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Momo House - Stay for the Dumplings



By Jenna Sanders


Simplicity and comfort reign supreme at Momo House, where a pared-down menu features traditional Nepalese cuisine, such as pakoras, lamb ledo, and of course, momos. Each dish is prepared to perfection with a razor focus on flavorful ingredients without any fuss.


Our meal for the evening began with artichoke heart pakoras ($9) and garlic chicken ($10). At Momo House, ribbons of artichoke hearts, spinach, and onions breaded with garbanzo flour are flash-fried, creating a perfectly golden, crispy pakora. The chef’s precision with the pakoras meant they arrived at the table hot and crunchy without a spot of grease. What we truly couldn’t get enough of, however, was the herbaceous cumin yogurt sauce accompanying the pakoras. The salty, earthy, and bitter flavors of the vegetable pakora, already delicious, were elevated to an even higher level of excellence with the addition of the herb-filled, creamy yogurt sauce.


The garlic chicken was tastier than a dish this unassuming dish has any right to be, composed of nothing more than thin pieces of chicken alongside chunks of red bell pepper and onion dressed with a sweet chili sauce. As with every dish at Momo House, diners may choose their ideal tier of spicy. We chose mild for this dish, primarily because I like to dip my toe in any pool before diving to the bottom.


I approached the garlic chicken as a skeptic; it looked and smelled like buffalo wings. The second bite converted me fully. The chicken melts in your mouth. The peppers and onions are perfectly sautéed, retaining enough texture to give the dish a backbone. The spice of the sauce packed flavor rather than heat.


We followed our appetizers with a plate of mixed momo dumplings (10 momos for $16). Though the Momo House menu offers chicken, vegetable, and beef momos separately, the menu is merely a starting point. The owners prize accommodating their diners and will customize many of their offerings if you ask.


Much like the pakoras and the chicken, the momos arrived without much ceremony – a shallow bowl held four green-skinned vegetable momos, three crescent-shaped beef momos, and three circular chicken momos, nestled atop a tomato-based chutney.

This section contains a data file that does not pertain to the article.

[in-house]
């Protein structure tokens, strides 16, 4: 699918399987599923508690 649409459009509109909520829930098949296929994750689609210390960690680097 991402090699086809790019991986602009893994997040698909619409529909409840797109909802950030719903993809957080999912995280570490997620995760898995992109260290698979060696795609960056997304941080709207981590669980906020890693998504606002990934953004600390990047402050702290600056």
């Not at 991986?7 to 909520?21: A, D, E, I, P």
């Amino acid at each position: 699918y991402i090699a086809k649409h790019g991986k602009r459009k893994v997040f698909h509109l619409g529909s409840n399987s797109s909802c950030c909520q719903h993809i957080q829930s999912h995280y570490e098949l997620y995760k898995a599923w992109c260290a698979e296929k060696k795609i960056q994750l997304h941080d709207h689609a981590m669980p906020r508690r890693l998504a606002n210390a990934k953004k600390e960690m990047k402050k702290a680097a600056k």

As my partner and I cut into our vegetable momos, a helpful diner at the neighboring table leaned over and said, “In Nepal, you eat the momo in one bite. If you cut the momo, you lose the juice inside the dumpling.”


It turns out our helpful neighbor was K.C. Sherpa, one of the restaurant’s owners. He went on to tell us that momos are one of the most popular foods in Nepal, where much of the population eats the dumplings daily.


According to K.C. Sherpa, the key to momo success is to eat the dumplings as soon as they are placed on your table. Eating the momo quickly ensures the dough of the wrapper remains hot and supple. Once it cools, it can become chewy. Because the momo is hot from the steamer, the next step is to dip the dumpling in the tomato sauce to create a barrier between your tongue and the hot juice and filling inside the momo. Finally, place the entire momo in your mouth and enjoy.


Armed with knowledge, we set about devouring our bowl of momos. Though I would not say the dumplings are comfortably single-bite-sized, I will say the reward is worth jamming the entire dumpling in your mouth. The beauty of the momo is in the juice released by the filling as the dumpling steams. We couldn’t choose a favorite. The vegetable, beef, and chicken were equally delicious.


The final dish we chose for the evening was the vegetable pappardelle ($18). Diners choose between one of two pasta sauces, a creamy tomato sauce, similar to a tikka masala sauce, or a vegan coconut sauce. Momo House offers gluten-free noodles for an additional $2, as well. My dirty, restaurant-reviewing secret is that at home I am 100% gluten-free and dairy-free. I cannot understate my enthusiasm for a restaurant dish that easily accommodates both of these preferences.


Thin rice noodles (no pappardelle shape for the gluten-free option), peas, asparagus, spinach, and mushrooms are tossed lightly with the coconut-based pasta sauce. The vegetables were perfectly cooked, with enough of a bite left in them to provide a textural contrast to the noodles. Rice noodles tend to soak up sauce, rendering our pasta dish richly flavorful without swimming in sauce.


We left Momo House satiated, satisfied, and eager to return for another round of momos. We also left Momo House feeling relaxed, having enjoyed a meal without any of the culinary wizardry that abounds in many Napa Valley restaurants. It was a treat to eat a meal that was straight-forward, rustic, and untouched by tweezers.


1408 Clay Street in Napa | 707-637-4476

Wednesday-Monday, from 11 a.m.-2:30 p.m. and 5 p.m.-9 p.m.

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